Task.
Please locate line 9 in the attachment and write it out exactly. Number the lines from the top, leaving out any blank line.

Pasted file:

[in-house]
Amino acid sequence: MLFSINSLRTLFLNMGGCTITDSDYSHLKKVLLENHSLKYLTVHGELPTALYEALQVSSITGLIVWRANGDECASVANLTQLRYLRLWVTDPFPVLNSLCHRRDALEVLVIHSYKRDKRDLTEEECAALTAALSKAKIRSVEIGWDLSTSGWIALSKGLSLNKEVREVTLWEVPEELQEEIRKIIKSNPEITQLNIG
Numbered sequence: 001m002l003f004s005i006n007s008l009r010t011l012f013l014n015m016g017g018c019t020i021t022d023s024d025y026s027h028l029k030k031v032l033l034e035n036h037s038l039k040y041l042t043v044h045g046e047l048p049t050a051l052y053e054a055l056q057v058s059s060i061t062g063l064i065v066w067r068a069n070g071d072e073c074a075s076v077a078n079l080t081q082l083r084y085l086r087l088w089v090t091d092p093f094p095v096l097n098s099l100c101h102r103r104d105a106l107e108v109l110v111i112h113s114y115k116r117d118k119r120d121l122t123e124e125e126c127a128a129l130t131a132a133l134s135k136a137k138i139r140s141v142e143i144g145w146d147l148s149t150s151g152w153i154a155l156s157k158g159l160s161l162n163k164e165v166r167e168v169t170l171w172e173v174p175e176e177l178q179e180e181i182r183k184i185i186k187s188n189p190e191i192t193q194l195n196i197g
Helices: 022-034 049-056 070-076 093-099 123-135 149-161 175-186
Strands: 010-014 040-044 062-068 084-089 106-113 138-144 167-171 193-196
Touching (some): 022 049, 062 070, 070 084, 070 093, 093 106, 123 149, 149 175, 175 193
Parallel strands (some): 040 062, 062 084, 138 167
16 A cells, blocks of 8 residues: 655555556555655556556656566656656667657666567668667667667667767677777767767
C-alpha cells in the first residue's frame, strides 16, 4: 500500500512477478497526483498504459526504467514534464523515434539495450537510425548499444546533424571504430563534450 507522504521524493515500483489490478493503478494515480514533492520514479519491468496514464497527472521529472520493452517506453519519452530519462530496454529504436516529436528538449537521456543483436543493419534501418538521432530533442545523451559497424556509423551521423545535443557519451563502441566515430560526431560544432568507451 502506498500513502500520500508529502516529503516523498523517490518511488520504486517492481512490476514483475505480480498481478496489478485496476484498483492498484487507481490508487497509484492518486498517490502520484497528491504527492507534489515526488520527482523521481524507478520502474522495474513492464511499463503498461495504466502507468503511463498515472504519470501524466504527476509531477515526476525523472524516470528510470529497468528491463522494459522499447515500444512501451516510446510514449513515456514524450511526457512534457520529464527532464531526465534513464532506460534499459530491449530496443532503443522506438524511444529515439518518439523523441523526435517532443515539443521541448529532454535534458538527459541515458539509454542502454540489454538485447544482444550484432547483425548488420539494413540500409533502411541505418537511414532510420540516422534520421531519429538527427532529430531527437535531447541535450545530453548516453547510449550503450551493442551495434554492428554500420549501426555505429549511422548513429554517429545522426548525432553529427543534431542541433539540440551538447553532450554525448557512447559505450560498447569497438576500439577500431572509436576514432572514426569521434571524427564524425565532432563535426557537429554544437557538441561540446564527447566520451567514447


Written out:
C-alpha cells in the first residue's frame, strides 16, 4: 500500500512477478497526483498504459526504467514534464523515434539495450537510425548499444546533424571504430563534450 507522504521524493515500483489490478493503478494515480514533492520514479519491468496514464497527472521529472520493452517506453519519452530519462530496454529504436516529436528538449537521456543483436543493419534501418538521432530533442545523451559497424556509423551521423545535443557519451563502441566515430560526431560544432568507451 502506498500513502500520500508529502516529503516523498523517490518511488520504486517492481512490476514483475505480480498481478496489478485496476484498483492498484487507481490508487497509484492518486498517490502520484497528491504527492507534489515526488520527482523521481524507478520502474522495474513492464511499463503498461495504466502507468503511463498515472504519470501524466504527476509531477515526476525523472524516470528510470529497468528491463522494459522499447515500444512501451516510446510514449513515456514524450511526457512534457520529464527532464531526465534513464532506460534499459530491449530496443532503443522506438524511444529515439518518439523523441523526435517532443515539443521541448529532454535534458538527459541515458539509454542502454540489454538485447544482444550484432547483425548488420539494413540500409533502411541505418537511414532510420540516422534520421531519429538527427532529430531527437535531447541535450545530453548516453547510449550503450551493442551495434554492428554500420549501426555505429549511422548513429554517429545522426548525432553529427543534431542541433539540440551538447553532450554525448557512447559505450560498447569497438576500439577500431572509436576514432572514426569521434571524427564524425565532432563535426557537429554544437557538441561540446564527447566520451567514447